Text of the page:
University extension specialists are focusing on helping farmers prepare for climate change during the annual Husker Harvest Days near Grand Island.
The University of Nebraska display at Husker Harvest Days focuses on climate change.
UNL Extension Educator Tyler Williams says the booth seeks to raise awareness among farmers.
“We know how big that weather and climate impacts agriculture here in Nebraska and we have a lot of different areas that are focusing on managing the extreme events that come along with climate,” Williams tells Brownfield Ag News.
The university extension display details possible effects of climate change and ways farmers and livestock producers can prepare for the extreme weather patterns expected. A display on entomology speculates what insects might emerge from different weather conditions. Another suggests cover crops that can better manage soil during heavy thunderstorms. How changes in weather could impact yields is considered at another booth and the economic impact of climate change is the subject of another.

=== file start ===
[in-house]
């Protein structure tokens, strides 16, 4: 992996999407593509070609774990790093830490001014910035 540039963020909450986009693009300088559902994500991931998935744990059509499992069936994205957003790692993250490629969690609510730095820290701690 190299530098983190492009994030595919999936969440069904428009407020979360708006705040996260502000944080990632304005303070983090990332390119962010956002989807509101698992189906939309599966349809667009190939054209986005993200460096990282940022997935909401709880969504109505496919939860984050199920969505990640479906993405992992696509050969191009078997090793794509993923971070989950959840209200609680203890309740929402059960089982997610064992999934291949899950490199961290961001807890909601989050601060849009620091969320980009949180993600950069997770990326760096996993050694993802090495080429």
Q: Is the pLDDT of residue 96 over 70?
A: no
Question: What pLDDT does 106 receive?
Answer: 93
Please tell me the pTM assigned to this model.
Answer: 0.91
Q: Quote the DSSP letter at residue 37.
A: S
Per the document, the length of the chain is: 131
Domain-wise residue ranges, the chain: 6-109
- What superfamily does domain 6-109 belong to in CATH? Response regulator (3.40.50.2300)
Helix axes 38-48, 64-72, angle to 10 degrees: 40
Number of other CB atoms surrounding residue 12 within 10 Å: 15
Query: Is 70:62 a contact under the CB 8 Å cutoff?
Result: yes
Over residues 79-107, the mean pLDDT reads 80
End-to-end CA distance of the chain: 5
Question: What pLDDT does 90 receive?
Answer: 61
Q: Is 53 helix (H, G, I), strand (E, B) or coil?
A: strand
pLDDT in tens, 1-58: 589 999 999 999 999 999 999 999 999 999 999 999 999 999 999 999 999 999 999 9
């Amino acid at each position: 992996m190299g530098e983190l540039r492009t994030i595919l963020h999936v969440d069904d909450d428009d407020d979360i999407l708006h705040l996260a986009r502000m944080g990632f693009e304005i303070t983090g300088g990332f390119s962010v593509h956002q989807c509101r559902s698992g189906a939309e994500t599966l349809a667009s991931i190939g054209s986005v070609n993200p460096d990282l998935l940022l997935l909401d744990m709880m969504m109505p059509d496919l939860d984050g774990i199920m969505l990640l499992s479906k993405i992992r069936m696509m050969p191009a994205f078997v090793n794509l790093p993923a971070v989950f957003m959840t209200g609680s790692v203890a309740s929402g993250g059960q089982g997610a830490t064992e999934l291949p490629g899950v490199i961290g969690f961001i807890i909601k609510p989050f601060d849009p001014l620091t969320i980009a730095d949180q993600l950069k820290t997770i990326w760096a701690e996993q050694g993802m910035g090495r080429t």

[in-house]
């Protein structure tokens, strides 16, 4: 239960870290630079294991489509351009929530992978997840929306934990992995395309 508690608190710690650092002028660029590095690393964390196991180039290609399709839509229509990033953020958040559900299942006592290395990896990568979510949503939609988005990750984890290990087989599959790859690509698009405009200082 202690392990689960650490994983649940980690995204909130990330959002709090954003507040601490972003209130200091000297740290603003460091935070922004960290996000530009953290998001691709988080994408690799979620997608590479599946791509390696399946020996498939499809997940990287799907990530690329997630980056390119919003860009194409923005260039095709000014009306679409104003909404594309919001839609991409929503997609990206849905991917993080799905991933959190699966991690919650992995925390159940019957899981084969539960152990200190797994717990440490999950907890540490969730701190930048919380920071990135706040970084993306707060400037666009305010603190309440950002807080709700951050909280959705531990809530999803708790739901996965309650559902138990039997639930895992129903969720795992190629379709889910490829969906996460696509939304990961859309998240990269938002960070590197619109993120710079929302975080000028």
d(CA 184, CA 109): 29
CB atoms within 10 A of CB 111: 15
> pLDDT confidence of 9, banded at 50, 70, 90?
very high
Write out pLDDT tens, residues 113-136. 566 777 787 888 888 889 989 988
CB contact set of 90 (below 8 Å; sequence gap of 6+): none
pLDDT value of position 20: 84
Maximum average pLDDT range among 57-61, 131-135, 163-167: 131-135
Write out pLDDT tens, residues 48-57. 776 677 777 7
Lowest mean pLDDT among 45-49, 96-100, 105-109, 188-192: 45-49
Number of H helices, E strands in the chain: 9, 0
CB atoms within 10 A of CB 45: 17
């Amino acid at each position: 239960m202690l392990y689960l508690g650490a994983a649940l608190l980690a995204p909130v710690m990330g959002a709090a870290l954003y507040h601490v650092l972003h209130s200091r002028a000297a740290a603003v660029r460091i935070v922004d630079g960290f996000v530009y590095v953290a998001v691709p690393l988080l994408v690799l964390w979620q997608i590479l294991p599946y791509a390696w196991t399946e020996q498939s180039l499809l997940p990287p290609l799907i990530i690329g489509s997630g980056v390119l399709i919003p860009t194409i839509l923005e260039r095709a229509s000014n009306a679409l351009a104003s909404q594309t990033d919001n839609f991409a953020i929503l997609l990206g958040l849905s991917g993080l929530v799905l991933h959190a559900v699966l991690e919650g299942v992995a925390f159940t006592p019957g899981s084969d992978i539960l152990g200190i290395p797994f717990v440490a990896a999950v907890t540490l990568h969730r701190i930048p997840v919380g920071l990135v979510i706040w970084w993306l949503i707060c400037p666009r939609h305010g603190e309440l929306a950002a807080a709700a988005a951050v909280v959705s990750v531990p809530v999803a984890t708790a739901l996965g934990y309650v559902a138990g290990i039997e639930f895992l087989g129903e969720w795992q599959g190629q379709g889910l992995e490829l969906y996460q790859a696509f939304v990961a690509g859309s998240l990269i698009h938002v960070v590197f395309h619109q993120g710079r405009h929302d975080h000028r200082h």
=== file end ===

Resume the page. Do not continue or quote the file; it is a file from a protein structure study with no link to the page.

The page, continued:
Range and Forage Specialist Jerry Volesky with the West-Central Research and Extension Center in North Platte says preparation now could yield long-term benefits.
“One of the things we encourage our producers to do is to put together a drought plan,” Volesky says. “So, be thinking ahead of time or be pro-active before that drought sets in so we’ve got some idea what we might do in terms of our livestock numbers or stocking rates.”
Volesky says alternative forages can help livestock producers survive weather extremes, such as planting various varieties of forages at different times of the year to keep pastures fresh.
Ken Anderson, Brownfield Ag News, contributed to this story.
AUDIO: Brent Martin reports [:45]